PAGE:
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Wednesday, December 6, 2006

Exam Writing 101

Thanks, Ben Barros, for inviting me to appear as a guest on Property Prof. I'm really looking forward to this, and this time of year an added benefit is the opportunity to go to a place where I can find respite from the chores of exam writing and grading. Moments ago I finished preparing my property exam, which I give tomorrow.

As profs we grade student exam answers until we're blue in the face. But what if students graded our exam questions; or we graded each other's exam questions. What makes a major essay question merit an "A" grade? Which ones deserve a lower grades? I expect we may have markedly different perspectives on questions of testing theory and strategy.

I'll start off with three points. (1) With a typical fact pattern, it's easier to grade answers if the question ends by asking the student to discuss a series of discrete issues. (For example, (a) What interests are created by the Deed from A to B? (b) Does X have any claim to the rents generated by the Property?). This is an efficient approach, however, there is a tradeoff. Such a "structured question" has two weaknesses, and will not get an "A" exam drafting grade from me. First, that type of question reduces the need for students to do their own issue spotting. Second, it eliminates the need for the student to decide how best to organize an answer that includes multiple interrelated parts. Thus, it's generally better to end an essay question with a general call for analysis. Depending on the question, this could be as broad as "Discuss all the property claims [all of the persons named in the question] may raise, together with any defenses"? Or the question may indicate litigation has started, with some focusing by simply naming the plaintiffs and defendants. Then the student has to figure out what property claims and defenses are likely.

(2) Usually the essay question should synthesize elements from at least two subject matters. For example, a deed or a devise can contain language that arguably creates a defeasible fee simple, and the present possessor may have a claim to quiet title against the holder of the future interest. Often I find that the average students will spot and discuss all major issues, but they will not competently articulate how resolution of one issue affects resolution of the other. I award substantial credit to answers that contain a good discussion of the relationships among various issues.

(3) "Kitchen sink" questions, as an extension of the synthesis idea of (2) above, are bad. Many of us (me included) have congratulated ourselves for writing the "Perfect Question" that has everything in it. I strive not to do this again. Even with what appears to be a generous time allotment, such questions reward students who type or write fast, spotting issues up and down, right and left, with even the brightest students having no time to go beyond superficial analysis of any particular issue. The "brilliant" question that "has everything" deserves an F grade.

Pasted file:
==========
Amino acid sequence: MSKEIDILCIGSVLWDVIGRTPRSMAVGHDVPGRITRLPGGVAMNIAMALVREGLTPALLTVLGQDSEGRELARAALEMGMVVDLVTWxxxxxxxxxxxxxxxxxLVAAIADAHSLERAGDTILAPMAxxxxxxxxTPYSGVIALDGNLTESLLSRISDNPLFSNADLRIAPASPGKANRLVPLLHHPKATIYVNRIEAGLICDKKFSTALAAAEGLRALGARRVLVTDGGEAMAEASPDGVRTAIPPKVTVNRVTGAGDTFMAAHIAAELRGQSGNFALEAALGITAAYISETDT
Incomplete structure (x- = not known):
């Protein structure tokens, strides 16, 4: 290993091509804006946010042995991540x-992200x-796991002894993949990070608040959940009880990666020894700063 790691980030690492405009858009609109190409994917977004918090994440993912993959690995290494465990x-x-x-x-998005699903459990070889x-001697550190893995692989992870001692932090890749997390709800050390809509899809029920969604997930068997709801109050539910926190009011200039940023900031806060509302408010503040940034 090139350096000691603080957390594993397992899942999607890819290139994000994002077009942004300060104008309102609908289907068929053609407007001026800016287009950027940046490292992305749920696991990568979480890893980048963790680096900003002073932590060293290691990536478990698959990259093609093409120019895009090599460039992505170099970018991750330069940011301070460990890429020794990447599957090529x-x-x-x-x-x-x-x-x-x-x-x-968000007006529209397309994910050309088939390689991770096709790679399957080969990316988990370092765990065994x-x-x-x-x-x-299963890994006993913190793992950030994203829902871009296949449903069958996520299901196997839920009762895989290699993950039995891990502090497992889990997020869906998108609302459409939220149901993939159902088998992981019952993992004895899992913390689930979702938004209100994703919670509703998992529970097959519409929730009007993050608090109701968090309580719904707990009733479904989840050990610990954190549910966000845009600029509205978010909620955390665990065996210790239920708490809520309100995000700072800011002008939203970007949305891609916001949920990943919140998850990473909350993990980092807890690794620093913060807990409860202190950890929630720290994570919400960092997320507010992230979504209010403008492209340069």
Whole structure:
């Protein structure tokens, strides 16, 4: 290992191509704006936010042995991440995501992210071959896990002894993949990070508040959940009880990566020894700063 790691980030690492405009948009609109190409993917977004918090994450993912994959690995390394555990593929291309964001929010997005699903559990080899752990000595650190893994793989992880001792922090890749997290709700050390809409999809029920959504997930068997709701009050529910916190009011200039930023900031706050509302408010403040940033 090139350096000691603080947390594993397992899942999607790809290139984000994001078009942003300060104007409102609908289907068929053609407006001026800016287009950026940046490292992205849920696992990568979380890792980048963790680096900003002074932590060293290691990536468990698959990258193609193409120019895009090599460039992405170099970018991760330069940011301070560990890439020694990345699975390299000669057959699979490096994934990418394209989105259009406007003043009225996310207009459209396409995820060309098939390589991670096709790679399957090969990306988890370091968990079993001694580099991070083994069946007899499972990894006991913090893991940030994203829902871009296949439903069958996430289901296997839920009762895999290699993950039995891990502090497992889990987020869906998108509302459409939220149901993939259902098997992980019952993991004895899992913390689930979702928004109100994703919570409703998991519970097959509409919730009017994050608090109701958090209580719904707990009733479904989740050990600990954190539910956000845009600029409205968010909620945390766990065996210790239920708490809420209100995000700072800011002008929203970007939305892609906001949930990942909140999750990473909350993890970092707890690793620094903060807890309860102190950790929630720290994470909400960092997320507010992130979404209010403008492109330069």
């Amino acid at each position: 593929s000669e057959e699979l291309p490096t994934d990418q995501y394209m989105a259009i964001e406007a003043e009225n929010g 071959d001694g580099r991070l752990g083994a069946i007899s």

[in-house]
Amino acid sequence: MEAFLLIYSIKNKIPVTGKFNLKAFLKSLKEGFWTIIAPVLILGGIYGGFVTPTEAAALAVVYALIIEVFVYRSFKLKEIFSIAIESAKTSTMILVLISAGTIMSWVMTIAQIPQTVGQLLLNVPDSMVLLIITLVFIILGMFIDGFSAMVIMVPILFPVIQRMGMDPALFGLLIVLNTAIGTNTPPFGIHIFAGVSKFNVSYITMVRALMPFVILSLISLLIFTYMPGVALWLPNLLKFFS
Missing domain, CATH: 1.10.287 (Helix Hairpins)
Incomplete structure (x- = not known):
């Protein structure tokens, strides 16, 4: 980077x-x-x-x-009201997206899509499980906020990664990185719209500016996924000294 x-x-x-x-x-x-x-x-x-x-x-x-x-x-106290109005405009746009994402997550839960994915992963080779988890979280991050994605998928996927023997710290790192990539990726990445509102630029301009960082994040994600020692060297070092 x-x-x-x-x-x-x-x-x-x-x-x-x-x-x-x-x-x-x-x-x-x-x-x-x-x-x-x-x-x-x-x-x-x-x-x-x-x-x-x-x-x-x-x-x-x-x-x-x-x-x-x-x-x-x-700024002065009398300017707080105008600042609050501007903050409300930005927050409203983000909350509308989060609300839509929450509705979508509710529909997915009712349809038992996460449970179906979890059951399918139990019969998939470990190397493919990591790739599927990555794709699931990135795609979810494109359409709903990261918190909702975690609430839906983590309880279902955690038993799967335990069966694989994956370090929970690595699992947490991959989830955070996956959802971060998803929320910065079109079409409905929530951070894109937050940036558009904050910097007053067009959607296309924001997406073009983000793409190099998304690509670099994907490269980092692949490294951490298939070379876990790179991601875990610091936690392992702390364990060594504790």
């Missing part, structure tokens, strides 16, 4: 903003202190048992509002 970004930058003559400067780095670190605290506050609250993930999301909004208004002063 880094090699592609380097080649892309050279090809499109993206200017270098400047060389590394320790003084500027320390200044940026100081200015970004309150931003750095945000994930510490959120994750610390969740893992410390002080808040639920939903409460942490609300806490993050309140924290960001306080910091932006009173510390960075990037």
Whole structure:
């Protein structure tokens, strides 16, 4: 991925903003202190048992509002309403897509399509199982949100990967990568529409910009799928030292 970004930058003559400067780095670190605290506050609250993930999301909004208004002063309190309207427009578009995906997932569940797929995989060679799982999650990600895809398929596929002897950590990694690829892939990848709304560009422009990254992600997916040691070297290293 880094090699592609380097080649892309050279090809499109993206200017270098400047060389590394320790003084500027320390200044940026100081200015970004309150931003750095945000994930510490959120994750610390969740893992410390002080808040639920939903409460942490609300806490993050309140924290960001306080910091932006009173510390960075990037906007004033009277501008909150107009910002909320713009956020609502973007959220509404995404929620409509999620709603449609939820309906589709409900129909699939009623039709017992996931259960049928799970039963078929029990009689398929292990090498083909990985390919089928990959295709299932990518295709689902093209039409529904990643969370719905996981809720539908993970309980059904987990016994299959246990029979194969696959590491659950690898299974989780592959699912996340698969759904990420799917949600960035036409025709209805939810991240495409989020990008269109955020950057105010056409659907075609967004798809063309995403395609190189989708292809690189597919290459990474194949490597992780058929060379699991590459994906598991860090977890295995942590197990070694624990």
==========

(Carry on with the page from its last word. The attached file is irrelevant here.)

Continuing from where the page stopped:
Jim Smith

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Comments

I agree, especially with your first point. I often end my question with a simple request to discuss the matters raised by the fact pattern. I think, though, that if you take this approach, the fact pattern itself should have enough mini calls (e.g., mentioning that two parties are now in a dispute about who owns Blackacre) to help the students structure their answer. It also helps to be able to go over a sample with the students first, so they don't panic when the question ends with "discuss."

Posted by: Ben Barros | Dec 6, 2006 11:47:36 AM

Welcome, Jim. I love posts about teaching, exams, etc.

I teach Con Law I & II, and Property. Property is the hardest of my courses to write good essays for. Property is like 5 or 6 mini-courses, and I find it difficult to come up with good questions raising multiple issues across boundaries.

I also like more focused exams, exams in which you spotlight a couple of issues and expect the students to engage in relatively sophisticated analysis of doctine and policy.

Posted by: Rick Duncan | Dec 6, 2006 12:13:16 PM

In my first-semester property class (property at Colorado is two semesters - 3 and 2 credits), I have been experimenting with a "document review" question. It varies from the typical exam question in that after a some background facts, I give the students a short document (in three years, I've done a model lease, an excerpt from some CC&Rs, and this year I did a variation on an SNDA). I then ask the students to "mark up" the document - this requires them to issue spot based on what the document says, although I emphasize to them that they should bring to bear the same basic set of skills. (We do two document review exercises in the course of the semester, so the format is generally familiar, and I try to be clear about what I'm looking for.)

I have found some interest patterns in terms of students who have a relatively harder time following through on standard issue spotter questions finding it easier to discuss legal concepts as they appear in documents. In general, though, it has been a good way to get students to think about property in a transactional context and they seem to respond (once they get over their anxiety) pretty well.

Posted by: Nestor Davidson | Dec 19, 2006 12:03:06 PM

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